Later today, assuming all goes according to plan, NASA will launch the nuclear spectroscopic telescope array, or NuSTAR. This powerful telescope, which will use its unrivaled visual power to examine various high-energy space oddities, is a delicious, sophisticated piece of nerd bait. Here are five of its most interesting features.
1. It’s a Transformer.
It took more than a decade of research to develop NuSTAR’s sophisticated method for resolving images from distant, high-energy X-rays. It’s a tricky process, and requires about 10 meters (or 33 feet)—about the length of a school bus—to bring an image into focus. When launching something into orbit, every extra cubic inch of volume means extra cost, so NuSTAR’s engineers came up with a Transformers-esque solution to prevent the telescope from being “prohibitively expensive” to launch, as Bill Craig, NuSTAR’s instrument manager, put it: launch it at a contracted length of about two meters, and then, once it’s safely in orbit, expand it—in an elegant but nerve-jarring process involving thousands of moving parts—out to its functional length.
2. It’s the most powerful X-ray telescope ever.
Many objects in the universe emit X-rays, so detecting this form of light is a great way to learn more about the universe. But even the most powerful, preexisting X-ray telescopes have been able to detect only low-energy or so-called soft X-ray beams. NuSTAR, on the other hand, will be able to observe X-rays that are 10 times more energetic than those that have previously been detected. In other words, says, Craig, he and his team were able to extend the telescope’s energy range by an order of magnitude over its predecessors. This technology will unlock endless new opportunities for astronomers to investigate black holes, supernovas, and other violently powerful astronomical phenomena.
3. It will be launched from an airplane.
The Pegasus XL rocket giving NuSTAR a lift into space won’t be heading straight up from a Cape Canaveral launch pad, but instead will be strapped to a “Stargazer” L-1011 aircraft that will take off from Kwajalein Atoll in the South Pacific. The plane will then fly toward the equator, climbing to an altitude of 40,000 feet before dropping its payload, which will blast into space after a few seconds of free fall. An orbit near the equator was important for a variety of reasons. For one thing, it allows NuSTAR to avoid the South Atlantic Anomaly, an area “where the magnetic field which protects the earth from charged particles kind of dips down,” as Craig puts it. If NuSTAR had to pass through this area, it would experience thousands of times more background “noise” than usual every time it did so, making it far more difficult to resolve images of objects in deep space.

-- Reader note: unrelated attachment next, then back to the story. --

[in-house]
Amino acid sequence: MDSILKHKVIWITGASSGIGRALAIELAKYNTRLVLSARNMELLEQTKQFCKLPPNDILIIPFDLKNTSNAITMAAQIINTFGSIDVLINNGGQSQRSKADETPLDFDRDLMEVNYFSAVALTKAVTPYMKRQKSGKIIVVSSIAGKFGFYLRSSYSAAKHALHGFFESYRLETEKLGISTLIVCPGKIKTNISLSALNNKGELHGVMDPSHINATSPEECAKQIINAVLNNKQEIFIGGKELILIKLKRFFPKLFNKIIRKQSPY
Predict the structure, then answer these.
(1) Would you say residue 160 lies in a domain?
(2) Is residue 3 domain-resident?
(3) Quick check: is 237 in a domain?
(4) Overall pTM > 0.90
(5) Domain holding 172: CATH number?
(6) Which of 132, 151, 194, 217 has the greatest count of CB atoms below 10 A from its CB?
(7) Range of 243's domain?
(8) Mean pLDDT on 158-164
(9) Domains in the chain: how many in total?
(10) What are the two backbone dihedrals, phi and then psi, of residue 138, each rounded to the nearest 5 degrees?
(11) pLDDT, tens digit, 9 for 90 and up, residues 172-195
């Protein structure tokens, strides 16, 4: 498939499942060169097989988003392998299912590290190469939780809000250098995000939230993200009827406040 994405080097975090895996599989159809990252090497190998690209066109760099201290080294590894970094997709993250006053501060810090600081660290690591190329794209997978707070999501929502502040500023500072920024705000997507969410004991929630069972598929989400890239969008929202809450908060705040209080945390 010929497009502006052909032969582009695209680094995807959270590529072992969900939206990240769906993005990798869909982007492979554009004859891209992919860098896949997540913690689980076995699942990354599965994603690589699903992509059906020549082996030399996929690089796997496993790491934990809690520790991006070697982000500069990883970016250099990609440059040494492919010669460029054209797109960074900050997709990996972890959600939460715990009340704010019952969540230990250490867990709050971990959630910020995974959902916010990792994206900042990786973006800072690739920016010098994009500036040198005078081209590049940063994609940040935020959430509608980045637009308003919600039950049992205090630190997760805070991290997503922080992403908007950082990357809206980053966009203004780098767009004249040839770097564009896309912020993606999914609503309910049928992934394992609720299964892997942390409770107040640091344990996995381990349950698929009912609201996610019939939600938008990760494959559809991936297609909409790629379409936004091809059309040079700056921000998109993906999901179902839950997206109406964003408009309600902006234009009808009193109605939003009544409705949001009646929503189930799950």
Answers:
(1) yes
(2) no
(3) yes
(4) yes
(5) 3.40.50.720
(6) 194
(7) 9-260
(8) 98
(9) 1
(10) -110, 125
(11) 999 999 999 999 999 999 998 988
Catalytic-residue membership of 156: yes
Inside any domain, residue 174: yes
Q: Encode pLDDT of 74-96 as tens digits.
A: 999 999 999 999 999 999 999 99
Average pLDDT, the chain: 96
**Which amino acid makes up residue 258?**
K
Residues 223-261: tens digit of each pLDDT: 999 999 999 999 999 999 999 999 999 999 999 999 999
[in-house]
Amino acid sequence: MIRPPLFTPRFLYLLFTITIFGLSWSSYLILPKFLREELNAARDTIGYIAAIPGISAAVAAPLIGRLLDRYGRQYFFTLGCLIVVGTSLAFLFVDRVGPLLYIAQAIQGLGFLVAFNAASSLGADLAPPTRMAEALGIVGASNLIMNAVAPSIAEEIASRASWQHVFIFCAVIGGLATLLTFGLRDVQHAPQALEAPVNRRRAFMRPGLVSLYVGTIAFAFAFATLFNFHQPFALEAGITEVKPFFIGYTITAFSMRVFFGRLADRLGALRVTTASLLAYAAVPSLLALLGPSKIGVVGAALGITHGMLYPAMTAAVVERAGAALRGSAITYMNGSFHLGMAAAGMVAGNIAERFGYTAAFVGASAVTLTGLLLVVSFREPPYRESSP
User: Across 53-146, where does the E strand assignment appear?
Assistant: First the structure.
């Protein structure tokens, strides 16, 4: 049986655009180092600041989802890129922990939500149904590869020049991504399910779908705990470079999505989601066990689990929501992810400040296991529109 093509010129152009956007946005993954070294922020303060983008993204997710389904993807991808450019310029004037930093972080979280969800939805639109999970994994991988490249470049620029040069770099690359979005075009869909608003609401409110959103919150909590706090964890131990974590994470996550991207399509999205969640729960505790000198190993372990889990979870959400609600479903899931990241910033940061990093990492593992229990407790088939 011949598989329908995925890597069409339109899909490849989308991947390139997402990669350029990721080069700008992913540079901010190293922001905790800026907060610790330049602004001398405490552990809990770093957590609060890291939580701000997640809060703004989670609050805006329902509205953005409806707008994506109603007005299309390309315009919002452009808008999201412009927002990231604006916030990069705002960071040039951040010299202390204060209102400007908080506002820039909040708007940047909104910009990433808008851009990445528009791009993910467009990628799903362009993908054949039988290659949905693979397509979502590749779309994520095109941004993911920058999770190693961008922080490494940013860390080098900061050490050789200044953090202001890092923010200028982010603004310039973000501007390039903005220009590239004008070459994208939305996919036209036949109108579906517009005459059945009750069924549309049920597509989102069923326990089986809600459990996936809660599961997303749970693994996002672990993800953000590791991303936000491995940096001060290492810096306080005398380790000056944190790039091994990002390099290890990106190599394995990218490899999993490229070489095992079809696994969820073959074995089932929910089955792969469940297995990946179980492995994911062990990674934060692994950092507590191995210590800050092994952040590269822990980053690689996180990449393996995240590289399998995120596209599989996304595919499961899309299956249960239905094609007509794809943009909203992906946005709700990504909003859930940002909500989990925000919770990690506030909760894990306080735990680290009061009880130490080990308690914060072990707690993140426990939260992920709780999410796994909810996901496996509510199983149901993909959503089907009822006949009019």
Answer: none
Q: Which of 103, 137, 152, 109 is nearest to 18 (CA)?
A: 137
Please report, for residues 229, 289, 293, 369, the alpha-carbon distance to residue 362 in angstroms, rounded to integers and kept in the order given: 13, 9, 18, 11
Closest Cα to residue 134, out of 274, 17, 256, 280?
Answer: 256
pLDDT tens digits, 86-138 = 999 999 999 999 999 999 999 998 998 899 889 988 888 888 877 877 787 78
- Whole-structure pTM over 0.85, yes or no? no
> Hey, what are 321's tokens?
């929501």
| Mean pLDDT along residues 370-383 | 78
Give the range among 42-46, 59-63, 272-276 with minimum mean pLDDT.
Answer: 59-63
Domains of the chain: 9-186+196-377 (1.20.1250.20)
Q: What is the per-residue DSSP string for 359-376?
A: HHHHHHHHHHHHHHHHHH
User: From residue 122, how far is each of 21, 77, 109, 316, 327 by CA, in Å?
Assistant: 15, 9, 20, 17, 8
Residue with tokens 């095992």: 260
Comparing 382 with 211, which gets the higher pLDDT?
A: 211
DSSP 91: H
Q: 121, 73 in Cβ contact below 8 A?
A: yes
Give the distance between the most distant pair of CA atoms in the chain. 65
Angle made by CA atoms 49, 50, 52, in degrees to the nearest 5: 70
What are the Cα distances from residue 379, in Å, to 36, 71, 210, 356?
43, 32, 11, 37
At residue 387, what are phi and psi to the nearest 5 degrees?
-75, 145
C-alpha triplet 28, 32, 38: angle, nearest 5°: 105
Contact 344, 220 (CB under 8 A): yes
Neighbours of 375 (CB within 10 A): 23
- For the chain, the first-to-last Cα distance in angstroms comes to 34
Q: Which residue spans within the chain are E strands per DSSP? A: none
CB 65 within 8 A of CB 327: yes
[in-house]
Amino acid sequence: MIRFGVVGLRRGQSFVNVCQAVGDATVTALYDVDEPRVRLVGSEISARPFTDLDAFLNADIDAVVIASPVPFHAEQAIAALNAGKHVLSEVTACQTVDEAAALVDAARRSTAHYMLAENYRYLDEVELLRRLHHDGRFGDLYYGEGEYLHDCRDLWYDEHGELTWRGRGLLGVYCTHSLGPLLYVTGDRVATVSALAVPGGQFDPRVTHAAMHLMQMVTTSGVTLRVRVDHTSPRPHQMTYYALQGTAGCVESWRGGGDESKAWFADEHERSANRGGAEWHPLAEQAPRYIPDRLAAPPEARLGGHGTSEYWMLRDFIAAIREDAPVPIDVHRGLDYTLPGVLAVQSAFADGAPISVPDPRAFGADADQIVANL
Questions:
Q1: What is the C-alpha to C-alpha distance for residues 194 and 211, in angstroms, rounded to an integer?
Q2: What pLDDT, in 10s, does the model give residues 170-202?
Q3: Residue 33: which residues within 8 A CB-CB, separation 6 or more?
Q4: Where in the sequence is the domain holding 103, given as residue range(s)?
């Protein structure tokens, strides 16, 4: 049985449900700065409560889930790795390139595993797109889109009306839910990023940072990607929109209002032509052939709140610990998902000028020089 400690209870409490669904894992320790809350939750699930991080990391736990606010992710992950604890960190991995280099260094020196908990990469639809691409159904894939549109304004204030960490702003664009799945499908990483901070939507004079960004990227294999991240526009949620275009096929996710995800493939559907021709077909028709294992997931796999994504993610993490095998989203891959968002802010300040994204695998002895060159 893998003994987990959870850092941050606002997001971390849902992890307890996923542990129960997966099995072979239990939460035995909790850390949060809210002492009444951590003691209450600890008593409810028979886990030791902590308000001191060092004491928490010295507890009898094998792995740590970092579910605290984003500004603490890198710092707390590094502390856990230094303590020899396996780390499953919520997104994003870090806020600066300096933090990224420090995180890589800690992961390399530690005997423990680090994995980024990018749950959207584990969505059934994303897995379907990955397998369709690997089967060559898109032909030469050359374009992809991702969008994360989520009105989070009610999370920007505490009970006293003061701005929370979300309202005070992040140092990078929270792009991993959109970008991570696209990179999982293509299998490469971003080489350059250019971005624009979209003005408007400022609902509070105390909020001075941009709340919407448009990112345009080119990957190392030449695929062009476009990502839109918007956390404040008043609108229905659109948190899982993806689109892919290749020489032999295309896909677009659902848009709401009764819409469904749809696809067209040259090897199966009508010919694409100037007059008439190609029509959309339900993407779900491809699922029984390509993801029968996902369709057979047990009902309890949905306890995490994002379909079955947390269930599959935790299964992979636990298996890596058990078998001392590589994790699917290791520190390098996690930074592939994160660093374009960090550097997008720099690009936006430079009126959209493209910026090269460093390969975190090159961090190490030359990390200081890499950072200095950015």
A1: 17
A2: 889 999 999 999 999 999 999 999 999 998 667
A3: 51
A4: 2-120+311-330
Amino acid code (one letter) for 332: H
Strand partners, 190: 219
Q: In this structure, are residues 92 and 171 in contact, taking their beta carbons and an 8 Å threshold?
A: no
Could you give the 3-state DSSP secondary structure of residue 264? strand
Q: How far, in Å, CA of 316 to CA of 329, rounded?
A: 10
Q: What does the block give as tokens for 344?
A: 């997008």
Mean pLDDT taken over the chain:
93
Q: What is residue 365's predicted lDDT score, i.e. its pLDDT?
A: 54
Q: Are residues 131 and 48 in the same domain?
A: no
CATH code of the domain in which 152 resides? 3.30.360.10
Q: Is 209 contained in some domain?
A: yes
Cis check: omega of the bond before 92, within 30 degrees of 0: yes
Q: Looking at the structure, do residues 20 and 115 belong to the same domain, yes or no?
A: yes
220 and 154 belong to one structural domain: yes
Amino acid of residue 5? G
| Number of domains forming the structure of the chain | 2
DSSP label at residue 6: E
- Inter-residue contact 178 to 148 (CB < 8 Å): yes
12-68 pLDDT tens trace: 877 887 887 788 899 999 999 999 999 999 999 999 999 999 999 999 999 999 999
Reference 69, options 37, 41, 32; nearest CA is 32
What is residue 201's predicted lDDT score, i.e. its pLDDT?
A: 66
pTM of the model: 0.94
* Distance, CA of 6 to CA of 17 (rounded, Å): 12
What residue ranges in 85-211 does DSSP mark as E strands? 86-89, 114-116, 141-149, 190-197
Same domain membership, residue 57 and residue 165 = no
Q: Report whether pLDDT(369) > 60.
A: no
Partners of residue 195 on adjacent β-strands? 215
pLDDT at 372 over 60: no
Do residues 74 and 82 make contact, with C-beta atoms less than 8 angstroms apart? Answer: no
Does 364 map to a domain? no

4. NuSTAR will help teach us about the building blocks of our own bodies.
Virtually everything in our bodies—and every element on earth in general—was produced in a supernova, a staggeringly powerful explosion of a star that occurs once or twice a century or so in our galaxy. NuSTAR will probe these explosions with its powerful X-ray eyes. “We don’t really understand all of the physics of supernovae at this point,” says Craig, “and being able to look at the remnants of these explosions in a totally different way, being able to look at high-sensitivity at the elements that were actually produced, gives us some understanding of how these things work and how they might behave.”
5. Down the road, NuSTAR could lead to important advances in medical imaging technology.
For all of NuSTAR’s astoundingly powerful abilities at imaging the cosmos, some of the most important long-term ramifications of the project may be of a more terrestrial nature. Medicine is always on the prowl for more powerful, focused imaging technology, and Craig says NuSTAR could lead to advances on this front. Down the road, once the innovations powering NuSTAR have trickled down, they could “really improve the specificity and the dose rate you might use in medical treatment,” says Craig. So while in the short term NuSTAR’s technology is aimed firmly at black holes and supernovae, in the long term it could help attack life-threatening tumors.